We headed off to Tam Coc after the morning rush hour (or so we thought) – we had strapped out backpacks to the back of our trusty steeds (125cc scooters) and headed off to Tam Coc – a trip of some 110km south of Hanoi that would take a car 2 h 49, according to Google Maps. I had done some investigation online and established that the first 45 minutes are the worst and that the traffic eases after that. This was not the case! I think there was a section of about 10km after kilometre 55 that was quite pleasant – the rest was quite strenuous baring in mind that (besides our outings in Danang and Hoi An where the traffic was a fraction on Hanoi) the furthest I ride a motorbike is 1km to the local shop and back. Once out of Hanoi traffic (which, as I say, lasted about 55km) there was a clear stretch before we then encountered loads of heavy trucks and buses and in Vietnam this means a lot of hooting and being squeezed to the absolute edge of the road. A point to note is that bikes are not allowed on all motorways so it is useful to set your navigator to the “avoid motorways” option.
We eventually arrived after 5 and a half hours on the bikes and headed straight for a beer garden we had been told about – yes even before checking into our hotel! After satisfying our thirst and hunger we rode back to our hotel and settled in (read this as slept!).
Tam Coc is a small village just outside Ninh Binh south of Hanoi. It is almost entirely a UNESCO world heritage site. It is often referred to as Halong Bay on land due to the multitude of karsts. The main road is only about 500m long and lined with hostels and souvenir shops.
We had been advised by friends who had visited to opt for the boat trip at Trang An – 10km out of town as this offers more caves and temples as opposed to the Tam Coc based on which is more of a gentle ride along the river.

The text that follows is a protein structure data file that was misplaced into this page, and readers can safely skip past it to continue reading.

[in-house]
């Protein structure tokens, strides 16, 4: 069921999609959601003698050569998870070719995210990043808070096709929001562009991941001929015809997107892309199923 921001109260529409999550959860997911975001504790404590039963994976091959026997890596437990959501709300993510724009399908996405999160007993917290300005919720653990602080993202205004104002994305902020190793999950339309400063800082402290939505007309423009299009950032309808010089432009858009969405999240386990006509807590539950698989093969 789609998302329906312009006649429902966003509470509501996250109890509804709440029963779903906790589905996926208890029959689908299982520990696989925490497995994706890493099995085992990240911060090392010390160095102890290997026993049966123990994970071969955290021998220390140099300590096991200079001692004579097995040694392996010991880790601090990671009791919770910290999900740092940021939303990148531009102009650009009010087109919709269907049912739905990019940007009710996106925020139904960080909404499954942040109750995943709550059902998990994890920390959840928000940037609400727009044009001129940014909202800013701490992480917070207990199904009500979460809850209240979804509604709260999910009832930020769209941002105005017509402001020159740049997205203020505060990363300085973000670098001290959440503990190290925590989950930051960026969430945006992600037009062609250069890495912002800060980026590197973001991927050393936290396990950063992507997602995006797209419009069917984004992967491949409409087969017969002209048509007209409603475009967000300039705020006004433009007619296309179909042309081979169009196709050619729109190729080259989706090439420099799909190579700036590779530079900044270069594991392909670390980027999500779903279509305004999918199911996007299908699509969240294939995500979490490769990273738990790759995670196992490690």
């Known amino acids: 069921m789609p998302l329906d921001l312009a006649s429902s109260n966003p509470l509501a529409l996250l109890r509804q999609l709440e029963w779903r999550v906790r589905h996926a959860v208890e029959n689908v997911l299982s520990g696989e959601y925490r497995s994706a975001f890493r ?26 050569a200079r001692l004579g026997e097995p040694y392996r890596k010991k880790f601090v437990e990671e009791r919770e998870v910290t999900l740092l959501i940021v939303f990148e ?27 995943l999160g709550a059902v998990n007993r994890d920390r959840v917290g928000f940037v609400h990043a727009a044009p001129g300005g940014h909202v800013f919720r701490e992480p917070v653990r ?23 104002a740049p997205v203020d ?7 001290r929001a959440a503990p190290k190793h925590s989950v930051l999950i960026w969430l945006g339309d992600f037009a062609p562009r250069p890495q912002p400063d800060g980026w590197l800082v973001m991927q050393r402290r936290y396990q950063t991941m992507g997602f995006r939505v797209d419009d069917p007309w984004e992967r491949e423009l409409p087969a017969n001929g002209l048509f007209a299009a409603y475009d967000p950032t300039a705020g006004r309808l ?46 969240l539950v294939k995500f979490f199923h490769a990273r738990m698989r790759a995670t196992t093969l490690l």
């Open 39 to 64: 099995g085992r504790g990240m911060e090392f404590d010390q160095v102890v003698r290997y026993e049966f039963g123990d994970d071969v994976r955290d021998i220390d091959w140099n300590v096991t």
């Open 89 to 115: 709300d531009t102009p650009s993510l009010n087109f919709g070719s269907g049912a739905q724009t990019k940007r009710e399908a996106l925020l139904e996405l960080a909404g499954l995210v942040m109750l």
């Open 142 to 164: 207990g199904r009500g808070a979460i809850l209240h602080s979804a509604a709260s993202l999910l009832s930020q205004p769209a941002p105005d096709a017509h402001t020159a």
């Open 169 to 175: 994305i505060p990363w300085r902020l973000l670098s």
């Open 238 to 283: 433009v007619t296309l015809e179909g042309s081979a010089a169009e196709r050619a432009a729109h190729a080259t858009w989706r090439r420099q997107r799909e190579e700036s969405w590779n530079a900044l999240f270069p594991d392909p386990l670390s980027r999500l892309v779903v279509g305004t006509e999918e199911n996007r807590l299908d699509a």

There are 3 choices of boat trip – the ticket is 200 000 VND regardless of which route you choose and the depart from and return to the same point. There are literally hundreds of boats and we made sure we got there early to avoid the crowds. Each boat takes a minimum of 4 people so if there are not 4 in your party you need to wait for extra people who wish to do your tour. Two of the tours take you to the site where the last King Kong movie was filmed (Skull Island). We opted for the longest of the three trips – 2.5 hours taking us through 9 caves and to 3 temples.
We were grateful that we were not there in the rainy season as I would imagine a lot of the caves would be out of bounds as the clearance would not be sufficient. The caves form connections between different lakes/bodies of water and exiting each was like going into a new world – the scenery was truly magnificent, and the trip was – for the most part – really peaceful.
The second pagoda stop caught us off guard – we walked up a small mountain of stairs to the temple only to discover that we then had to walk down the other side to actually get to the temple and then of course do the reverse to get back to the boat.
By the time we finished our tour the river was getting quite full of boats so we were really please that we had made an early start.
The next day we headed to Hang Mua (Mua Caves) 1.5km out of Tam Coc. We made sure we had applied sun screen and were armed with plenty of water to tackle this mammoth climb. I would definitely recommend wearing running shoes as the steps are certainly not even and can be slippery and ragged.
It is it a tough climb of 500 steps – at some point it feels like it is more like a ladder than stairs. The view along the way prepares you for the magnificent view from the summit. Coming back down was a tad more scary as there are not always places to hold on and for the first section I was virtually sliding down on my rear. The descent is certainly testing is you have any sort of vertigo – although I spent most of the time looking at my feet to make sure I didn’t misstep.
We spent the rest of the day driving along the country roads and admiring the beauty that is all around. We passed another pagoda on a mountain and discovered that this one has 2000 steps to the summit! Fortunately for me, this one had been closed to the public as it was developed without consent and the authorities have suspended operations – Ivan would happily have climbed this as well.
With much trepidation we headed back to Hanoi the next morning – we timed it that we would head the outskirts of Hanoi at 12 to get here during the lunch break as this should ensure that we avoid the major traffic. We also took a route that took us way East of the city – and although the route was about 20km further that the one we took to get to Tam Coc – it took us nearly 2 hours less.